Newcastle disease virus (NDV) is a virus that is of interest because it replicates (makes copies of itself) more quickly in human cancer cells than in most normal human cells and because it can kill these host cells (see Question 1).
NDV can be used to directly kill cancer cells, or it can be given as a cancervaccine. Cancer vaccines cause the body's natural immune system to seek out and destroy cancer cells (see Question 4).
The results of clinical trials (research studies with people)...
Treatment Options for Newly Diagnosed Childhood Craniopharyngioma
Added Clark et al. as reference 8.
Revised text to state that the surgical procedure is followed by radiation therapy, with a 5-year progression-free survival rate of about 70% to 90% and 10-year overall survival rates higher than 90% (cited Merchant et al. as reference 12 and level of evidence 3iDiii). Also added text to state that transient cyst enlargement may be noted soon after radiation therapy but generally resolves without further intervention (cited Shi et al. as reference 14 and level of evidence 3iDiv).
Added Kickingereder et al. as reference 24 and level of evidence 2A.
Treatment Options for Recurrent Childhood Craniopharyngioma
Added text to state that although systemic therapy is generally not utilized, a small series has shown that the use of subcutaneous pegylated interferon alpha-2b to manage cystic recurrences can result in durable response (cited Yeung et al. as reference 7 and level of evidence 3iiiDiii).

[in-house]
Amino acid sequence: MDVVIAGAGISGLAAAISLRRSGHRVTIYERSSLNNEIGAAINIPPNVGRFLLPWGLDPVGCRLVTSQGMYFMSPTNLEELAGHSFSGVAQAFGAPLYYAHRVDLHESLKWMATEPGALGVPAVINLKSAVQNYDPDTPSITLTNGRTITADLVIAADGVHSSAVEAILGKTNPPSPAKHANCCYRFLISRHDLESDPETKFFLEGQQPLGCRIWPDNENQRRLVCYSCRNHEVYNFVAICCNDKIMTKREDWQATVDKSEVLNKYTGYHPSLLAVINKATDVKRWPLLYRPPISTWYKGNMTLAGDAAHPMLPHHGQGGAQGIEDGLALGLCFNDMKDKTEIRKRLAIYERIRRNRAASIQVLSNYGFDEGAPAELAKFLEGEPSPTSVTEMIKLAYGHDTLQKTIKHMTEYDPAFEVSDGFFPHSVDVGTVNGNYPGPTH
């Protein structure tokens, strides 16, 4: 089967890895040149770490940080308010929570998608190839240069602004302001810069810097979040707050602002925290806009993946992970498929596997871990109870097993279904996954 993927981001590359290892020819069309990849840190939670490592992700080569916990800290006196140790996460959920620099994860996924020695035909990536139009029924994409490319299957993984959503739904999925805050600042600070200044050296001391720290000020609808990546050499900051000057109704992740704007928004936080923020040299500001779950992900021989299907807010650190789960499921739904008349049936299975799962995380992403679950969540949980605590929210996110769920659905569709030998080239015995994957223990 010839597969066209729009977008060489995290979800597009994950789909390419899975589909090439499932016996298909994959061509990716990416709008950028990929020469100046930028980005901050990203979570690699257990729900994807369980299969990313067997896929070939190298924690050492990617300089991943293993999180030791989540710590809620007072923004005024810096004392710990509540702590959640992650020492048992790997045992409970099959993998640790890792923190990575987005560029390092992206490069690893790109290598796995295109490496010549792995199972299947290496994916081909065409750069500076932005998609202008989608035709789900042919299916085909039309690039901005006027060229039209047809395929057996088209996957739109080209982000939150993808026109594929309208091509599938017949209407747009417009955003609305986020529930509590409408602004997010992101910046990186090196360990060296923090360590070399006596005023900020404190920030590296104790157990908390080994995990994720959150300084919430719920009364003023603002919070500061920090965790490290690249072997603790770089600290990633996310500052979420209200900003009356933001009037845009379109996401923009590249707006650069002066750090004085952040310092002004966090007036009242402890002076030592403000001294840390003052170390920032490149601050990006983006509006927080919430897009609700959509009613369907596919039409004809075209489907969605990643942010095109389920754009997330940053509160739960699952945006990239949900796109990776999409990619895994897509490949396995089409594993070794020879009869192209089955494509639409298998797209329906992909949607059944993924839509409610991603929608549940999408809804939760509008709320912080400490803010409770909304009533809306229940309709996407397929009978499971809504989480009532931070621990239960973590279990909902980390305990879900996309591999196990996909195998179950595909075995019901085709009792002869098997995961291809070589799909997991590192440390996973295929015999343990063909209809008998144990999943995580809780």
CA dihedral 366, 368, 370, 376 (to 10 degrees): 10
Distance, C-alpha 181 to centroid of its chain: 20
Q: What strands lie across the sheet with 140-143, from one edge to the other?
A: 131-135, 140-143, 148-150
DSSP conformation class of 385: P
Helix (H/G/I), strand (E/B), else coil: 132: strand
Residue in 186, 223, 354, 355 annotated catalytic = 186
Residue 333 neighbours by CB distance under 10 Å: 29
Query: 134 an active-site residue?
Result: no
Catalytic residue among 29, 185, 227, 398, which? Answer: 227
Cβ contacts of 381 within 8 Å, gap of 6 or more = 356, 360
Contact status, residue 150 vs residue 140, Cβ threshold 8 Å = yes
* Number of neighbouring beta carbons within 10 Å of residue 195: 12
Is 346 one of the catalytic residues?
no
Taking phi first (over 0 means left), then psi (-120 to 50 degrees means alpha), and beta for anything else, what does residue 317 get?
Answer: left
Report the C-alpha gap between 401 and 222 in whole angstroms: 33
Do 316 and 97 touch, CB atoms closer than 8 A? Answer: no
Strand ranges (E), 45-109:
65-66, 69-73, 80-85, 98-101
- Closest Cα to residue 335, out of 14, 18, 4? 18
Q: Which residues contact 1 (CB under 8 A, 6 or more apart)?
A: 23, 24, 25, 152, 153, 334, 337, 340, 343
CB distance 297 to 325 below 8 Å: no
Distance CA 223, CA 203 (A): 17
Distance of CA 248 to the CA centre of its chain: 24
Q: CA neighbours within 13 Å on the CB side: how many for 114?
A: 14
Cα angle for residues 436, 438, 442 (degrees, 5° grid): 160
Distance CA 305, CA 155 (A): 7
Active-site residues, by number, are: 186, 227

This summary is written and maintained by the PDQ Pediatric Treatment Editorial Board, which is editorially independent of NCI. The summary reflects an independent review of the literature and does not represent a policy statement of NCI or NIH. More information about summary policies and the role of the PDQ Editorial Boards in maintaining the PDQ summaries can be found on the About This PDQ Summary and PDQ NCI's Comprehensive Cancer Database pages.
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September 04, 2014
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